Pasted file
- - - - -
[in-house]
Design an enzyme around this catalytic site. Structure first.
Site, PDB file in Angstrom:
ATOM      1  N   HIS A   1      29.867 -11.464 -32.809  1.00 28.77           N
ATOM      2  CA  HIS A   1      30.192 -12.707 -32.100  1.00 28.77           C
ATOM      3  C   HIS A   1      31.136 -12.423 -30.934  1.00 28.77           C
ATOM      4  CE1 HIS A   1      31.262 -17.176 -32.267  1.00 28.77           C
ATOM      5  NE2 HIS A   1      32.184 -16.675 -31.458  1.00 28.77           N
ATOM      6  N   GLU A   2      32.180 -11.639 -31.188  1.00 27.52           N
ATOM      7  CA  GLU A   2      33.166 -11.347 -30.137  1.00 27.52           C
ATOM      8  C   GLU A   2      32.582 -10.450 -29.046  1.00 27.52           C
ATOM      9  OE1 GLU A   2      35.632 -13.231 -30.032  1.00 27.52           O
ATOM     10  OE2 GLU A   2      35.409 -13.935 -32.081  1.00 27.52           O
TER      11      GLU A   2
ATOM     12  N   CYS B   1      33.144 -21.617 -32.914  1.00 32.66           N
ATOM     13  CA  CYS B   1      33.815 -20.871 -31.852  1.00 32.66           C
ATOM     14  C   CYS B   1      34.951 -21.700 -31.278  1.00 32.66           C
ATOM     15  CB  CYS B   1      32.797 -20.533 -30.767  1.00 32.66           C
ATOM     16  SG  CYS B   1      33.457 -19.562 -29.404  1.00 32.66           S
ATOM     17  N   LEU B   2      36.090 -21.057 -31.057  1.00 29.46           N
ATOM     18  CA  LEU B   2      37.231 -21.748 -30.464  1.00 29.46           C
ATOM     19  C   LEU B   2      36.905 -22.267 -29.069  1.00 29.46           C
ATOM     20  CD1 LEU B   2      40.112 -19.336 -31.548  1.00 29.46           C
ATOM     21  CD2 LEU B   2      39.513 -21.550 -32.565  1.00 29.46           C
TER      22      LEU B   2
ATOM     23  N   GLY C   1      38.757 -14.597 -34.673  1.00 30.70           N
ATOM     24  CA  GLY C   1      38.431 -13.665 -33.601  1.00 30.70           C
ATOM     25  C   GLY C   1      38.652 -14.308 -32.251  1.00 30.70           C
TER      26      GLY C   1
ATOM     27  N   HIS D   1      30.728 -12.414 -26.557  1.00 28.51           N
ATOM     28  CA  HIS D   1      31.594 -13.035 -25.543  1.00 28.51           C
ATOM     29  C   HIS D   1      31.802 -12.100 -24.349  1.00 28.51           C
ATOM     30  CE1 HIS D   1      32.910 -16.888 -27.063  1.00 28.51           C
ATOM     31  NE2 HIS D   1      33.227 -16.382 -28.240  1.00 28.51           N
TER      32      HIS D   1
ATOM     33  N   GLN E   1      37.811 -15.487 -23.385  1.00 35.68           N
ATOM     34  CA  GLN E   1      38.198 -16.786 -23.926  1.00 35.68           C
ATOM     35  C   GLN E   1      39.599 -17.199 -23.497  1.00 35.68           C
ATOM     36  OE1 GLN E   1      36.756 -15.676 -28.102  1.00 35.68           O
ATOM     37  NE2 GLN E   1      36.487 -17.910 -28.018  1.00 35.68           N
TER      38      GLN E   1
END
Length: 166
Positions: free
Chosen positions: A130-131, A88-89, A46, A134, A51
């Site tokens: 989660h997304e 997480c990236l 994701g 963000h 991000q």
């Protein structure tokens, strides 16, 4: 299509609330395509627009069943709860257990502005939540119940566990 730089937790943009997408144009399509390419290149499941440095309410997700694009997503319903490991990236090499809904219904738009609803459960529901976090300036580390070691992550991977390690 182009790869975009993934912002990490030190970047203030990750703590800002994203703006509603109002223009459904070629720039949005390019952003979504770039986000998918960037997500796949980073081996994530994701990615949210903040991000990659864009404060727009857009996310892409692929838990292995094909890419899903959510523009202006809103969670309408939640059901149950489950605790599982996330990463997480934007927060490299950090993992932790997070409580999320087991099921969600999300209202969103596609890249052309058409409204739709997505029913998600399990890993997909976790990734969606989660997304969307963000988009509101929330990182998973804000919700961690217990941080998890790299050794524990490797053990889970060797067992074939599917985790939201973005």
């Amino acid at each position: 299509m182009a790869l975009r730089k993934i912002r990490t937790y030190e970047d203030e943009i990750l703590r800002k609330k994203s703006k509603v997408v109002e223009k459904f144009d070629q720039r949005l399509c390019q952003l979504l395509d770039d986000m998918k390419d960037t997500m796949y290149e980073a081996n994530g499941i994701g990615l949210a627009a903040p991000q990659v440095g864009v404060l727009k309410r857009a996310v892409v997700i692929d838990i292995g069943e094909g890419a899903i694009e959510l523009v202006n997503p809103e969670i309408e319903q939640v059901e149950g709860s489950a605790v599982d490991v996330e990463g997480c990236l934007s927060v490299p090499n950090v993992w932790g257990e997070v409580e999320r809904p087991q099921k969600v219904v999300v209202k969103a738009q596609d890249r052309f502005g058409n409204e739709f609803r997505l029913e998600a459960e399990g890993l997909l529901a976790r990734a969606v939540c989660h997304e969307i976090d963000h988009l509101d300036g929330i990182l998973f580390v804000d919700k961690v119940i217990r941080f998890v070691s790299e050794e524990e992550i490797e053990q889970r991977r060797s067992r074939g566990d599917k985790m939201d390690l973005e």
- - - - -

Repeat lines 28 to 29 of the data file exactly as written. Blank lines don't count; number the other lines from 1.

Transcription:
ATOM     25  C   GLY C   1      38.652 -14.308 -32.251  1.00 30.70           C
TER      26      GLY C   1